FPM is a powerful wrapper allowing you to create packages for multiple programs in multiple operating systems. In this tutorial, I show you how you can replace tedious packaging of third party applications with FPM.

What you need to complete this tutorial

  • A Linux distribution. I used Fedora but this works with anything.
  • Elevated privileges, if you want to install packages.

When a package manager is not simple enough

Sometimes, you want ultimate control over how you package an application. Other times, that’s overkill. For instance:

  • A third party application is simple or small enough that a TAR archive would be good enough to install it. However, you want to enjoy the benefits of upgrades and roll-backs, like the ones offered by RPM.
  • You need or want to package an application from one format (say .tar.gz) to a DEB or RPM.
  • You have to package multiple applications that are only offered in source format, or are pre-packaged binaries, and you don’t want to spend an eternity re-packaging.

Packaging an existing application the old way

I’ve written a tutorial explaining how to create an RPM for an existing application. Briefly, there are a few manual steps:

  1. Download the source or binary distribution.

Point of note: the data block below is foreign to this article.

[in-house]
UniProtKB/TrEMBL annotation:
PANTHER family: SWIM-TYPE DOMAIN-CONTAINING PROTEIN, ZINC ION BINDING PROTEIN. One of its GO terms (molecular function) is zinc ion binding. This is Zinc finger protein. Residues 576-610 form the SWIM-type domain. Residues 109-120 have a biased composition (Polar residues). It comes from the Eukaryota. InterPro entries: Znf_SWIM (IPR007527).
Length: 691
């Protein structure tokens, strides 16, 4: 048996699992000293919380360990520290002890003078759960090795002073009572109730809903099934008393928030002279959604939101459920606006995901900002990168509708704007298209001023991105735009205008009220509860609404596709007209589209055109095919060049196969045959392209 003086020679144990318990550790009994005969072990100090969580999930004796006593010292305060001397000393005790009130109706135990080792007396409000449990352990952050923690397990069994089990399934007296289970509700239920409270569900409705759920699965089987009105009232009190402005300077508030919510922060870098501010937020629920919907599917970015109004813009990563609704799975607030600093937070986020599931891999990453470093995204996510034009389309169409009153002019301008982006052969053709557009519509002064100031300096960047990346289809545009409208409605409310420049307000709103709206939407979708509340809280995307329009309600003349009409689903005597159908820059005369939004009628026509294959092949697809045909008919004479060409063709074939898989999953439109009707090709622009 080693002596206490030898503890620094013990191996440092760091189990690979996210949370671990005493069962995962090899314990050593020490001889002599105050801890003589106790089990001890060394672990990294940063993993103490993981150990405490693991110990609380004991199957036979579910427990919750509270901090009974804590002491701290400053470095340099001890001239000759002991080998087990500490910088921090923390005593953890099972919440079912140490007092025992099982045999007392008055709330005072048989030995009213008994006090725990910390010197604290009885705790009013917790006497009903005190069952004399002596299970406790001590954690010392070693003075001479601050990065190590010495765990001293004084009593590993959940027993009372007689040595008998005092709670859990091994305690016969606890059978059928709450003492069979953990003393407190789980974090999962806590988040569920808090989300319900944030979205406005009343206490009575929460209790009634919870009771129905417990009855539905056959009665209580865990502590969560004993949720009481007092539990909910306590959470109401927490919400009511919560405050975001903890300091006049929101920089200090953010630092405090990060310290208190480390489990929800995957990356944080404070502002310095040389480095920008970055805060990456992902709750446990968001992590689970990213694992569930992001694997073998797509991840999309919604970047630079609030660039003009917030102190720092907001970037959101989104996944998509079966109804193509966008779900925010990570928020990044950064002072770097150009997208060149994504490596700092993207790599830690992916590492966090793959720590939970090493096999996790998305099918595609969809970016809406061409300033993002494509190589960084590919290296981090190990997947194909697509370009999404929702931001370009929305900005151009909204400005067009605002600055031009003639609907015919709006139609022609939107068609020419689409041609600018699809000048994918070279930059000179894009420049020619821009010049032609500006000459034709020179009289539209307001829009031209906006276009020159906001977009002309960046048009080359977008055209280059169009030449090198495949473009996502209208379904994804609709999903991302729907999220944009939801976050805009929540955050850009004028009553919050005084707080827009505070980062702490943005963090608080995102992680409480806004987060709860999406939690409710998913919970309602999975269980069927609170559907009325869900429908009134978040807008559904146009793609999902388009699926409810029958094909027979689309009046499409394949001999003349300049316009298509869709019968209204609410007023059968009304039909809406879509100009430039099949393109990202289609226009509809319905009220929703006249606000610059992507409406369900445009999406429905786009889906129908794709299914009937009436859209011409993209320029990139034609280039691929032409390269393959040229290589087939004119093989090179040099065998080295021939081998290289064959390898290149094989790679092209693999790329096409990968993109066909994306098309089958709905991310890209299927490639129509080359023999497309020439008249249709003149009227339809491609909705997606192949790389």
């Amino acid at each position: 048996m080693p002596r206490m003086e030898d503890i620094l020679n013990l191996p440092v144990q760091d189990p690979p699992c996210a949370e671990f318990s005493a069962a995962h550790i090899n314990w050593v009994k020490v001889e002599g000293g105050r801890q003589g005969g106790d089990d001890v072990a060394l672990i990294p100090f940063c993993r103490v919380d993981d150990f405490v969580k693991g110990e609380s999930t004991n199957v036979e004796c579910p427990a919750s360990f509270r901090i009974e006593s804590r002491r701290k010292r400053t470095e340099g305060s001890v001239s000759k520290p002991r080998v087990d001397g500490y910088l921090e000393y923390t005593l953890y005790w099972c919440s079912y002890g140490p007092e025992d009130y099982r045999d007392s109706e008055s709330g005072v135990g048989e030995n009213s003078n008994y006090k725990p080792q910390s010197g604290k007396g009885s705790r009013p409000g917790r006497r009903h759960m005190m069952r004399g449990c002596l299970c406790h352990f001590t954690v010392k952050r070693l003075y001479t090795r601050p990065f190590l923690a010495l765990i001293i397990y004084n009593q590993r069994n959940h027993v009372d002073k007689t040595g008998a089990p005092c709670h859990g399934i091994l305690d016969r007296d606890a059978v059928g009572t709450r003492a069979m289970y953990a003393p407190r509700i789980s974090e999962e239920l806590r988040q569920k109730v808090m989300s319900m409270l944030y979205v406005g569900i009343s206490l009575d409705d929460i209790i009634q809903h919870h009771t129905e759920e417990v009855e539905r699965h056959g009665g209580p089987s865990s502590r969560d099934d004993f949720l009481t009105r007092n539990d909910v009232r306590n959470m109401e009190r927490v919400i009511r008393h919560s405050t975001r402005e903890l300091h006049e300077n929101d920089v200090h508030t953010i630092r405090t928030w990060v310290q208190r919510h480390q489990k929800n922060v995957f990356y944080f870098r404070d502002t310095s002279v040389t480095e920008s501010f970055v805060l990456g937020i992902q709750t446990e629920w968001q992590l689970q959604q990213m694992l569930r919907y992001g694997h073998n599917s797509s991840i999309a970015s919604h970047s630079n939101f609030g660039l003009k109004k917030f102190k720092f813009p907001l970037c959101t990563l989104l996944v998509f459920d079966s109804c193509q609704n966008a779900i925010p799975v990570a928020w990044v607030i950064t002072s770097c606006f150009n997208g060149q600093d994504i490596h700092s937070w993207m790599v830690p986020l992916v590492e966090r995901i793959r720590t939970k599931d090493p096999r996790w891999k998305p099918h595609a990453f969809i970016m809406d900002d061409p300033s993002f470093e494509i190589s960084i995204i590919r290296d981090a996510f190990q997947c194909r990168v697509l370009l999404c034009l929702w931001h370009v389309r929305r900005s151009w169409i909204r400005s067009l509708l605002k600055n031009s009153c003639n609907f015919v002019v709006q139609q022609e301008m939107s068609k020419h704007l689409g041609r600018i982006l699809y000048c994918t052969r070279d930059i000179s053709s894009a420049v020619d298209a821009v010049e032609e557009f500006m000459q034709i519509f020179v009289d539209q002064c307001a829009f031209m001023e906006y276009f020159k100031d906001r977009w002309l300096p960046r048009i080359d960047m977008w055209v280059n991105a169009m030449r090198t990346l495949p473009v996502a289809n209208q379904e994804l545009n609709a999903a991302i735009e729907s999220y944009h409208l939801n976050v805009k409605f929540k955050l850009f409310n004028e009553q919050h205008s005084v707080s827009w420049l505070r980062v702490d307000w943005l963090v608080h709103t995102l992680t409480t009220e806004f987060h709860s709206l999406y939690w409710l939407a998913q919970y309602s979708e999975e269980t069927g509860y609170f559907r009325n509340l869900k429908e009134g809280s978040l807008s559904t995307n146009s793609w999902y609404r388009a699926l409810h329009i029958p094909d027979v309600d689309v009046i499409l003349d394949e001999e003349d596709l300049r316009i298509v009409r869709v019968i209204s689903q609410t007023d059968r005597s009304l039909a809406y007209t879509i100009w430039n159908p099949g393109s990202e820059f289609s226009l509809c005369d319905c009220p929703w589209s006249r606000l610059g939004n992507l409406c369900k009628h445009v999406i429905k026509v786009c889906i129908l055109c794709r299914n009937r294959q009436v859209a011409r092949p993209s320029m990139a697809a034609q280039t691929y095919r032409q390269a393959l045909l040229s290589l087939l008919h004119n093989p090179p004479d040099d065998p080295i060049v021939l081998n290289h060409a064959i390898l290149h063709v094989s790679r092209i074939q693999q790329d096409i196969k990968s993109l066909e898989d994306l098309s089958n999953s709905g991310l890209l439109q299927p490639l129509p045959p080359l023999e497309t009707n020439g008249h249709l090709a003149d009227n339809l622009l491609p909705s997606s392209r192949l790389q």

2. Prepare an RPM spec file, which takes care of compilation (or just the packaging) of the software, as well the install location.
  3. Lint the spec file to find bugs.

Let’s see how the jdumpertools RPM spec file works. First, take a look at the spec file:

Build it:

Now you can install it just like any other RPM:

It is not terrible, especially if you plan to make updates, but it can be easier!

Install FPM

The FPM project maintains a great getting started document, but here’s an overview of how I use it.

First, install some dependencies. For example, on Fedora:

And then install FPM itself:

Packaging jdumpertools as an RPM without a spec file

Now that FPM is installed, you need some files to package. The example application I’m using is jdumpertools, and it happens to come with a Makefile, so it’s easy to build it:

There’s no RPM spec file, but that doesn’t matter to FPM:

You can install the resulting RPM as usual.

Packaging for Debian

What about building for Debian? That’s just as easy:

You now have a DEB file that a Debian user can install using dpkg.

Self-extracting script and TAR

You can package applications as a self-extracting install script (-t sh), or just as a TAR archive (-t tar). To run a self-extracting script, a user must make it executable, and then run it:

This is already very convenient. But that’s not all FPM can do.

Re-packaging existing software

Suppose you want to distribute a CPAN module that isn’t packaged as an RPM. You could spend quality time packaging it up, or you can use FPM to do the work for you.

First, install a new dependency for Fedora:

And then build the RPM:

Verify your work:

Similarly, Python packages can be created. Here’s how to package the clickhouse-driver module from PyPi:

Suppose you want to create an RPM for OpenJDK 17. No problem, get the TAR file and package it:

What next?

Believe it or not, there’s still more FPM can do. I covered my favorite use cases, but the tool has much more to offer:

Author


Jose Vicente Nunez

System Administrator/ DevOps.

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